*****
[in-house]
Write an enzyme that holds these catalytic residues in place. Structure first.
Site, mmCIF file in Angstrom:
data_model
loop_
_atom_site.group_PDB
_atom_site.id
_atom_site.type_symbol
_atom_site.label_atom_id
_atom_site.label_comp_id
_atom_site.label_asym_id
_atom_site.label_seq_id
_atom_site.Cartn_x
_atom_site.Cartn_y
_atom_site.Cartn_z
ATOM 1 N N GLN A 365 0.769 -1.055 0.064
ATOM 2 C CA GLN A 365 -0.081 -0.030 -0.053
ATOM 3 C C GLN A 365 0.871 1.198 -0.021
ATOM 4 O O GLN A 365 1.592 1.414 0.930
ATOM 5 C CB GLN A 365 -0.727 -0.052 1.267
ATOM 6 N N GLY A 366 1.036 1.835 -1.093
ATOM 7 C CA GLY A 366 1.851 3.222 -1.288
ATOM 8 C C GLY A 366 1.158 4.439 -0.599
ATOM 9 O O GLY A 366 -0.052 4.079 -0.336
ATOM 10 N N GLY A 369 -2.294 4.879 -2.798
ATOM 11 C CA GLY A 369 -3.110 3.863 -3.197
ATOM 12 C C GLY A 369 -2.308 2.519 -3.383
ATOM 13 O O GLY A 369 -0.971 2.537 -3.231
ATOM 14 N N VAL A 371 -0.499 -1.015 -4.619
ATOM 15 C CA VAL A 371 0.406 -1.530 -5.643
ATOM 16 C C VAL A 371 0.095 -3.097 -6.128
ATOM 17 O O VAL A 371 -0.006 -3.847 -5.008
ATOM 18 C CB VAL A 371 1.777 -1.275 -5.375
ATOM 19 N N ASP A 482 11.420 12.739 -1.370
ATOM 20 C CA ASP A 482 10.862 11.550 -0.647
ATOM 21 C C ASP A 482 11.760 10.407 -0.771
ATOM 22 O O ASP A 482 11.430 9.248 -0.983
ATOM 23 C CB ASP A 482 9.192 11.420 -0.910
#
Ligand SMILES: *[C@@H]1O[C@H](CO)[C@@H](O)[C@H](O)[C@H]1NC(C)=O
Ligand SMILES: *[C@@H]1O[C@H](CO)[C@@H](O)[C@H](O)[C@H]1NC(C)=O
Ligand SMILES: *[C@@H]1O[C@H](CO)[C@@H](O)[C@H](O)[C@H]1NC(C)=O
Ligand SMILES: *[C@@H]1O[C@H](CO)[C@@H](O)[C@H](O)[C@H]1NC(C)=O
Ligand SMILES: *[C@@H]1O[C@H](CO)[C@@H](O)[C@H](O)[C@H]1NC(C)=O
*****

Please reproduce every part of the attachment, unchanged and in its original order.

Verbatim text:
[in-house]
Write an enzyme that holds these catalytic residues in place. Structure first.
Site, mmCIF file in Angstrom:
data_model
loop_
_atom_site.group_PDB
_atom_site.id
_atom_site.type_symbol
_atom_site.label_atom_id
_atom_site.label_comp_id
_atom_site.label_asym_id
_atom_site.label_seq_id
_atom_site.Cartn_x
_atom_site.Cartn_y
_atom_site.Cartn_z
ATOM 1 N N GLN A 365 0.769 -1.055 0.064
ATOM 2 C CA GLN A 365 -0.081 -0.030 -0.053
ATOM 3 C C GLN A 365 0.871 1.198 -0.021
ATOM 4 O O GLN A 365 1.592 1.414 0.930
ATOM 5 C CB GLN A 365 -0.727 -0.052 1.267
ATOM 6 N N GLY A 366 1.036 1.835 -1.093
ATOM 7 C CA GLY A 366 1.851 3.222 -1.288
ATOM 8 C C GLY A 366 1.158 4.439 -0.599
ATOM 9 O O GLY A 366 -0.052 4.079 -0.336
ATOM 10 N N GLY A 369 -2.294 4.879 -2.798
ATOM 11 C CA GLY A 369 -3.110 3.863 -3.197
ATOM 12 C C GLY A 369 -2.308 2.519 -3.383
ATOM 13 O O GLY A 369 -0.971 2.537 -3.231
ATOM 14 N N VAL A 371 -0.499 -1.015 -4.619
ATOM 15 C CA VAL A 371 0.406 -1.530 -5.643
ATOM 16 C C VAL A 371 0.095 -3.097 -6.128
ATOM 17 O O VAL A 371 -0.006 -3.847 -5.008
ATOM 18 C CB VAL A 371 1.777 -1.275 -5.375
ATOM 19 N N ASP A 482 11.420 12.739 -1.370
ATOM 20 C CA ASP A 482 10.862 11.550 -0.647
ATOM 21 C C ASP A 482 11.760 10.407 -0.771
ATOM 22 O O ASP A 482 11.430 9.248 -0.983
ATOM 23 C CB ASP A 482 9.192 11.420 -0.910
#
Ligand SMILES: *[C@@H]1O[C@H](CO)[C@@H](O)[C@H](O)[C@H]1NC(C)=O
Ligand SMILES: *[C@@H]1O[C@H](CO)[C@@H](O)[C@H](O)[C@H]1NC(C)=O
Ligand SMILES: *[C@@H]1O[C@H](CO)[C@@H](O)[C@H](O)[C@H]1NC(C)=O
Ligand SMILES: *[C@@H]1O[C@H](CO)[C@@H](O)[C@H](O)[C@H]1NC(C)=O
Ligand SMILES: *[C@@H]1O[C@H](CO)[C@@H](O)[C@H](O)[C@H]1NC(C)=O